Higher ed experts concerned colleges could blow through coronavirus aid

The $1.8 trillion CARES act recently allocated $14 billion to colleges and universities.

One organization is concerned as to how colleges might spend that money.

In March, Congress passed the Coronavirus Aid, Relief, and Economic Security Act- a $2 trillion economic relief package in response to the COVID-19 pandemic. It was the largest stimulus bill in American history, allotting checks to millions of Americans, countless businesses, and hundreds of public and private colleges and universities.

But as the $14 billion in relief money for colleges has been dispersed, one organization is worried about how that money is going to be spent. While about $6.3 billion is required to go directly to students for emergency financial aid, one organization says these colleges are too frivolous in their spending. 

The National Association of Scholars, a non-profit, educational advocacy organization, released a Critical Care checklist in response to the pandemic and stimulus bill. The report serves as a guide “to restore American higher education after the 2020 coronavirus shutdown.” 

It recommends steps Congress should take to incentivize colleges to be fiscally responsible with funds, including cutting administrative overhead in half and not funding “wealthy colleges.”

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The list is divided into several sections of recommendations for Congress, including: Put students first, Supporting American Principles, and State Higher education policy. The report insists first that wealthy colleges should receive no relief money, and administration overhead should be cut in half. 

“The 100 private colleges and universities with the largest endowments cannot receive emergency higher education bailout funds,” the report states, adding that administration overhead, “[be cut] by 50 percent as a minimum condition for any further bailout funds.”

NAS then calls on schools to require academic rigor. As NAS says pass/fail and credit/no credit grading has diminished educational quality, the organization insists on requiring more challenging standards in order to receive money.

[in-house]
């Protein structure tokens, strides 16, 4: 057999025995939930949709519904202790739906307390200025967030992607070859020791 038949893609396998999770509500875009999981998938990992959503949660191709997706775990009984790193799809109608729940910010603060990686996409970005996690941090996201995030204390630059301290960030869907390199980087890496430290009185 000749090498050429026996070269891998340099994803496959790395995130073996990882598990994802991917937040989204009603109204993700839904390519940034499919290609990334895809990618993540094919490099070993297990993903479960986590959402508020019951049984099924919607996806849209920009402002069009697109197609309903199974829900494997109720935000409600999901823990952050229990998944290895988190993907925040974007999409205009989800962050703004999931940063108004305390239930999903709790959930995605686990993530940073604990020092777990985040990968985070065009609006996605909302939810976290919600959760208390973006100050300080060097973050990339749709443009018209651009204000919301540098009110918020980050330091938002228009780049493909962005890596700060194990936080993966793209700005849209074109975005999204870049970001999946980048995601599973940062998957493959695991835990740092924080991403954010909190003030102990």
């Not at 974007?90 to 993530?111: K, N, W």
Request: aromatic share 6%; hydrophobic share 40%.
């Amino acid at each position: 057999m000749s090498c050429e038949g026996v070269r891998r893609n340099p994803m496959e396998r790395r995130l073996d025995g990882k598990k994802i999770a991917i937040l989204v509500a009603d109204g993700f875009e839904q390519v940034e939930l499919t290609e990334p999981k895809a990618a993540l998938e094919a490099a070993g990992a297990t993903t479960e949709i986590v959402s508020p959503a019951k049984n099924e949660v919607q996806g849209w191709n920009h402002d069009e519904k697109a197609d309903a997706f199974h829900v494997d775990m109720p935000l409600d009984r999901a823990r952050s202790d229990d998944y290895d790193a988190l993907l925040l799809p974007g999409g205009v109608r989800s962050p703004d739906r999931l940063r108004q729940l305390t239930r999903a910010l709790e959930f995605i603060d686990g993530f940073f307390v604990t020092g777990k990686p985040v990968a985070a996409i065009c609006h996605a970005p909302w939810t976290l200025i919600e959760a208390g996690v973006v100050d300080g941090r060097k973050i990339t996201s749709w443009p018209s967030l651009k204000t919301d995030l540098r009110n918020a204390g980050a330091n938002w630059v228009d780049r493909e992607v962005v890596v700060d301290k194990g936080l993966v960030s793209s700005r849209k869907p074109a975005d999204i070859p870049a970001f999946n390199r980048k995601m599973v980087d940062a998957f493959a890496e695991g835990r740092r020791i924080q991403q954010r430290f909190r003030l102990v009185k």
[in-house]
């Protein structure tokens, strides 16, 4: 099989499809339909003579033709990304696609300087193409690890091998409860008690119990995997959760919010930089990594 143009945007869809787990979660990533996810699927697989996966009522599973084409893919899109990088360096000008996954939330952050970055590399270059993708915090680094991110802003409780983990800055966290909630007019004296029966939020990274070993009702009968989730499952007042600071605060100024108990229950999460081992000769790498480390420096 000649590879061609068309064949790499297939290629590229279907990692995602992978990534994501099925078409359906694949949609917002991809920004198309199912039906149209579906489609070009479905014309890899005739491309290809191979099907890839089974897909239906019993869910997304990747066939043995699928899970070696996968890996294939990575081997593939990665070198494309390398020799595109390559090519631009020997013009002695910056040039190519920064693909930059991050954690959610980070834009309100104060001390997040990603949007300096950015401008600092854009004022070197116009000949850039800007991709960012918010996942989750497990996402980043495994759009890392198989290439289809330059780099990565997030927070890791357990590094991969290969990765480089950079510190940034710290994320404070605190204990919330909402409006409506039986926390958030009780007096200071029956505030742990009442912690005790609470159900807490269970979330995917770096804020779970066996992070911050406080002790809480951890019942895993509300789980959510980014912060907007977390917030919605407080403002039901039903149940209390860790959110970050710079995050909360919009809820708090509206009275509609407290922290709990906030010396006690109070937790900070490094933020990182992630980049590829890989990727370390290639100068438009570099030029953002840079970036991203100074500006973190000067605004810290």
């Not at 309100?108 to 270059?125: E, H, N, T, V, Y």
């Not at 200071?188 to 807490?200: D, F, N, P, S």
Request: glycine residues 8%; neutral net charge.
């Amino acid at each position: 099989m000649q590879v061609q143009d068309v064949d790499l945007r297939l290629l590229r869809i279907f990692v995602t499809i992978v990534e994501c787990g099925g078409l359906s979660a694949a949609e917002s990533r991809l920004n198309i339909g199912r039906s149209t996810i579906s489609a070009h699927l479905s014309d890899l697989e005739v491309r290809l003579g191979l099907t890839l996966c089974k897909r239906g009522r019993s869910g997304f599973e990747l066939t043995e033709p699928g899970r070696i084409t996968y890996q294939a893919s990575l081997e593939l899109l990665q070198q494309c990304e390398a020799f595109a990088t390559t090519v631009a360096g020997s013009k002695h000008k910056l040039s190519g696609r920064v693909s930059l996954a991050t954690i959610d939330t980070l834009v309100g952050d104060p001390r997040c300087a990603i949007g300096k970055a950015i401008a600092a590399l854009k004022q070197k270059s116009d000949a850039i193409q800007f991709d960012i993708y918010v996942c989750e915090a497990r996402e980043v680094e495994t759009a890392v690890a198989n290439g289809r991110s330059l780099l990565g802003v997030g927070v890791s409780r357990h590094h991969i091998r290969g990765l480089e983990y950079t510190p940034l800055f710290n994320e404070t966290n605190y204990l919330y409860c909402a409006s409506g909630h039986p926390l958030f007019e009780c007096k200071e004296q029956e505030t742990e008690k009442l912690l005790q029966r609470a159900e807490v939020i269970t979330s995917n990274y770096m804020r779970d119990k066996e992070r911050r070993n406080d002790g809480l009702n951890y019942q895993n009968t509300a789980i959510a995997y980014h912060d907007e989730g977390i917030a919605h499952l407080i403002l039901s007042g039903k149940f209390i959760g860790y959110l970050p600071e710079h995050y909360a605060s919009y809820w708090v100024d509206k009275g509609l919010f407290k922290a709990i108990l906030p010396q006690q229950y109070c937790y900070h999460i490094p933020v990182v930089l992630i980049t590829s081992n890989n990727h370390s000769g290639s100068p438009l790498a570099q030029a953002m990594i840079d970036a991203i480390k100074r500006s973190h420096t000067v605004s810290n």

“No college that awards credit for remedial courses should be eligible for bailout funds,” the report reads. 

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The report then demands that students be a priority, suggesting a freeze on student loan repayments, a student loan buyback program, and aid be given to loan defaulters. This list also requests that if colleges receive funding, American values be emphasized as an incentive by ensuring First Amendment protections on campus, implementing due process protections for campus adjudication procedures, and taking steps to ensure intellectual diversity.

The report concludes by urging these precautions be taken into account permanently to save higher education. 

“Our colleges and universities cannot be fixed by one simple reform. But we can begin to restore them, and we should begin now. NAS wants American higher education to survive, but not just to survive. We want it to flourish and to excel. Our recommendations sketch the necessary first steps.”

[UPDATED: Princeton, Yale, UPenn, Northwestern won’t take coronavirus aid money]

Campus Reform reached out to several staffers at NAS. Public Affairs Director Glenn Ricketts said that students should be the top priority in the handling of government funding: “We believe that every effort should be made to provide hard-pressed students with relief, such as delayed loan repayments, institutional buy-backs of Stafford loans… and focus on those students with the greatest needs.”

When asked if colleges should be limited to government relief if they refuse tuition or room and board refunds, Rickets said this was part of putting students first: “This should also be calculated in a way that puts ‘students first,’ as our general principle of policy recommends… Individual institutions should be scrutinized very closely and that they should provide a compelling justification for refusing to refund dormitory fees and other related costs.” 

”It may be the case that some colleges are in such financially straitened circumstances that they are unable to repay without incurring insolvency or bankruptcy.  But if that is not the case, then it seems fair to ask for them to justify the denial of refunds,” Ricketts said.

NAS Director of Research David Randall also told Campus Reform in an email that this factor should be considered: “Colleges are tax-free institutions to serve the common weal, and therefore they should not attempt to gouge the maximum amount of money from their students that the laws allow. Congress should certainly informally consider how generously colleges have behaved toward their students as colleges ask Congress to be generous to them.” 

Randall further added that this plan should be part of a bigger picture.

“What matters more is how colleges spend money going forward. Congress’ priority should be to change higher education staffing and policy over the long run,” he said.

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